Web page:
As a go player, I was happy to see the game presented as in a compelling, dramatic way. The Japanese lieutenant goes to the Square on a mission for his country and the Emperor, but finds himself hopelessly seduced by go. He confesses to his Captain, who shows his understanding by quoting the Chinese philosopher Zhuang Zi: “When you lose a horse, you never know whether it is a good thing or a bad thing.” In the end, the game becomes the means by which two minds meet in a profound, life-altering way.
This novel takes its place in a growing lexicon of “go stories”. The ongoing, periodically adjourned game that progresses through most of the book invites comparison with Kawabata‘s The Master of Go, which won the Nobel Prize for Literature in 1968. After the degrading portrayal of women in Sung-hwa Hong‘s tough, dark First Kyu, it‘s nice to see a woman who is not just the central character, but clearly the master of a her fate — and a strong go player to boot!
Most of all, The Girl Who Played Go brings to mind the classic film The Go Masters, a historic Chinese-Japanese film that has been called “an Asian ‘Gone With the Wind.’ ”
- review by Roy Laird
Spring Crop of Go Books: 300 Tesuji Problems, Modern Master Games, Punishing and Correcting Joseki Mistakes, Five Hundred and One Tesuji Problems, Joseki Dictionary Vol. 3 & Life of Honinbo Shuei
Wednesday May 23, 2012
Spring has brought an early crop of go books, some brand new and others re-issued in new formats. Here are six that have just been released, two each on joseki and tesuji, a historical look at tournament go in Japan and a bio of “Meijin of Meijins” Honinbo Shuei.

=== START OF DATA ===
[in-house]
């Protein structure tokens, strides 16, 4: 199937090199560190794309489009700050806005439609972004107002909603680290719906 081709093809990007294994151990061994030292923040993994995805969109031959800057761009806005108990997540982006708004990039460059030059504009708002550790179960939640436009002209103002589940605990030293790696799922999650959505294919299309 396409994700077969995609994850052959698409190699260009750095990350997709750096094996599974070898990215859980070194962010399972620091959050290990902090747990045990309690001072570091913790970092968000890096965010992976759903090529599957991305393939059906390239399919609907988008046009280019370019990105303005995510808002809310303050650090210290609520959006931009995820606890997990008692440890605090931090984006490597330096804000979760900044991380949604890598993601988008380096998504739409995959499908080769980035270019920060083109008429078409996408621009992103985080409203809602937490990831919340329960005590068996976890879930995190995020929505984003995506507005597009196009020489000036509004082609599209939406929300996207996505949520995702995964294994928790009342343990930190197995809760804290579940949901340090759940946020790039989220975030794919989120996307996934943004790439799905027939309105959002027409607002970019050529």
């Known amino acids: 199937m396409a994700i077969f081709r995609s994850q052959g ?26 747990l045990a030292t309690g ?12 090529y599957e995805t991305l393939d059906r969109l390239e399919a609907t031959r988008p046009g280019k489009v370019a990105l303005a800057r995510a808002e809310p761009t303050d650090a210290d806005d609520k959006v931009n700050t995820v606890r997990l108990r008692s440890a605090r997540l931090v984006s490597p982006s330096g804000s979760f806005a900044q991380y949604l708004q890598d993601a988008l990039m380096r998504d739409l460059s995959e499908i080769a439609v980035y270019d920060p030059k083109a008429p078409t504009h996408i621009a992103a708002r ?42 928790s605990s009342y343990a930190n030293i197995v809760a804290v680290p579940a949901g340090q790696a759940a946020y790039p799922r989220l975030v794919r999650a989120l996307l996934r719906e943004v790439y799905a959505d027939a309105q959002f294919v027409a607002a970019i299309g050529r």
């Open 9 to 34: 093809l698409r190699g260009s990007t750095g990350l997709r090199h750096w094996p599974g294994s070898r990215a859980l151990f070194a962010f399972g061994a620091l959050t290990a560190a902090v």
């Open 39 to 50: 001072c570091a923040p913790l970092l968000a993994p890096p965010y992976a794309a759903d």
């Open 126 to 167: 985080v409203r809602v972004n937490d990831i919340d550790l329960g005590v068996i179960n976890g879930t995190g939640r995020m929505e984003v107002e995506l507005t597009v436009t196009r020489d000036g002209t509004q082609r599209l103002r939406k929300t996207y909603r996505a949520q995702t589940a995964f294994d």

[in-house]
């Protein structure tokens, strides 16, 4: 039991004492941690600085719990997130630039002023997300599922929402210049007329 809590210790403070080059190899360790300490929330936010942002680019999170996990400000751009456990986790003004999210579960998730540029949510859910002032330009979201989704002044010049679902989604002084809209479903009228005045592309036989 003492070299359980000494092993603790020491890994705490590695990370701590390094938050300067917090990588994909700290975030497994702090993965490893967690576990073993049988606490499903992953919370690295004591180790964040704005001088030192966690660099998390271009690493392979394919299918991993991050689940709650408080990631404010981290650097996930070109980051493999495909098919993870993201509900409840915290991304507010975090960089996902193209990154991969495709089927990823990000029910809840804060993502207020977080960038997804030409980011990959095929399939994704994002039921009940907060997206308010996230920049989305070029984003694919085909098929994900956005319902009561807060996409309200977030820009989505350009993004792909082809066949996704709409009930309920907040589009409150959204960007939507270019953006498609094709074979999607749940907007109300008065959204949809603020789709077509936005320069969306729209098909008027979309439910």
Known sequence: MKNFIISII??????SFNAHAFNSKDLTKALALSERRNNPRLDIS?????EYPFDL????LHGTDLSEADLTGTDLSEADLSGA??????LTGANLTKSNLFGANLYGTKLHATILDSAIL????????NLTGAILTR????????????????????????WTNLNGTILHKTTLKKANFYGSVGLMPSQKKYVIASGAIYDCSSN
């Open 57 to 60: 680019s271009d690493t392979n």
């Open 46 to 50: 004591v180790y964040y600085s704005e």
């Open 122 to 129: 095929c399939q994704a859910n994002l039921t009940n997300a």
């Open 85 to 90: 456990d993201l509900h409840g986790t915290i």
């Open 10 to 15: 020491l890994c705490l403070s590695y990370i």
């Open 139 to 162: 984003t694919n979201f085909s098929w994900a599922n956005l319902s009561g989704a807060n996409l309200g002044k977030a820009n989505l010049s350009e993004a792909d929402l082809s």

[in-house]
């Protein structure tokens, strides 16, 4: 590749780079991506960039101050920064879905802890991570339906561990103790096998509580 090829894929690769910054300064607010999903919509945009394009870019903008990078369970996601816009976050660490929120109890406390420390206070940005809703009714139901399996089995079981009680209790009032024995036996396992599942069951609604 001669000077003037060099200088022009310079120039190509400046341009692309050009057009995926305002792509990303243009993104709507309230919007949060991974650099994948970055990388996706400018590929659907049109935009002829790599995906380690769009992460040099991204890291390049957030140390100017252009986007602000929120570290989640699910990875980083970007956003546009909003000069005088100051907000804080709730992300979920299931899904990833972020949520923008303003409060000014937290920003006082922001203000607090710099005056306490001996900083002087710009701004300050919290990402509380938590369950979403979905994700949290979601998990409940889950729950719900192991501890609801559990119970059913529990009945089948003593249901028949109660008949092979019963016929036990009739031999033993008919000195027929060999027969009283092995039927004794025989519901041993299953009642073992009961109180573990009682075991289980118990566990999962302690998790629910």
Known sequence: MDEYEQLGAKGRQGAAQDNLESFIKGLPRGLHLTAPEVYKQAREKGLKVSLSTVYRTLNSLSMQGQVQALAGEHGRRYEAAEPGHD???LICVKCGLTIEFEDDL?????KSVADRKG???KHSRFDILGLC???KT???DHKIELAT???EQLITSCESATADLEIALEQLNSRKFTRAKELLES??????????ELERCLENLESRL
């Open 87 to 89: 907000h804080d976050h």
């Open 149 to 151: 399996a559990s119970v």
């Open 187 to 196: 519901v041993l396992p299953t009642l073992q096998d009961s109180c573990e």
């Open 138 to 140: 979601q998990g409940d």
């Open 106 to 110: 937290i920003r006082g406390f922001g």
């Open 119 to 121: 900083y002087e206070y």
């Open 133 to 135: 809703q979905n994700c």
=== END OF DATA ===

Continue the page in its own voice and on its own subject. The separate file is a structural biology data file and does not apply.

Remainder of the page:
Don’t let the “4-dan to 7-dan” subtitle of Kiseido’ s 300 Tesuji Problems scare you off. Though the problems in this book, Volume 5 of the Graded Go Problems for Dan Players series, are quite challenging, “even if you are unable to solve them, contemplating the problems, then studying the solutions will broaden your tactical horizons by revealing new possibilities in fighting techniques,” says go publisher Richard Bozulich. Also new from Kiseido is Modern Master Games, Volume One, The Dawn of Tournament Go by Rob van Zeijst and Richard Bozulich with historical notes by John Power. A survey of Japanese go from the founding of the Honinbo tournament in the 1940s to the Meijin and Judan tournaments in the 1960s, Modern Master Games contains eleven exciting games with detailed commentaries that chronicle the Japanese go scene during the Second World War, including the “Atomic Bomb Game” between Iwamoto and Hashimoto, and the rise of Sakata and Takagawa’s dominance of the Honinbo title in the post-war era. Kiseido notes that many of their books “are now available on the iPad and iPhone through Smart Go.” Available books can be purchased by downloading the free SmartGo Books app from the App Store, then use in-app purchase. New titles are being added regularly.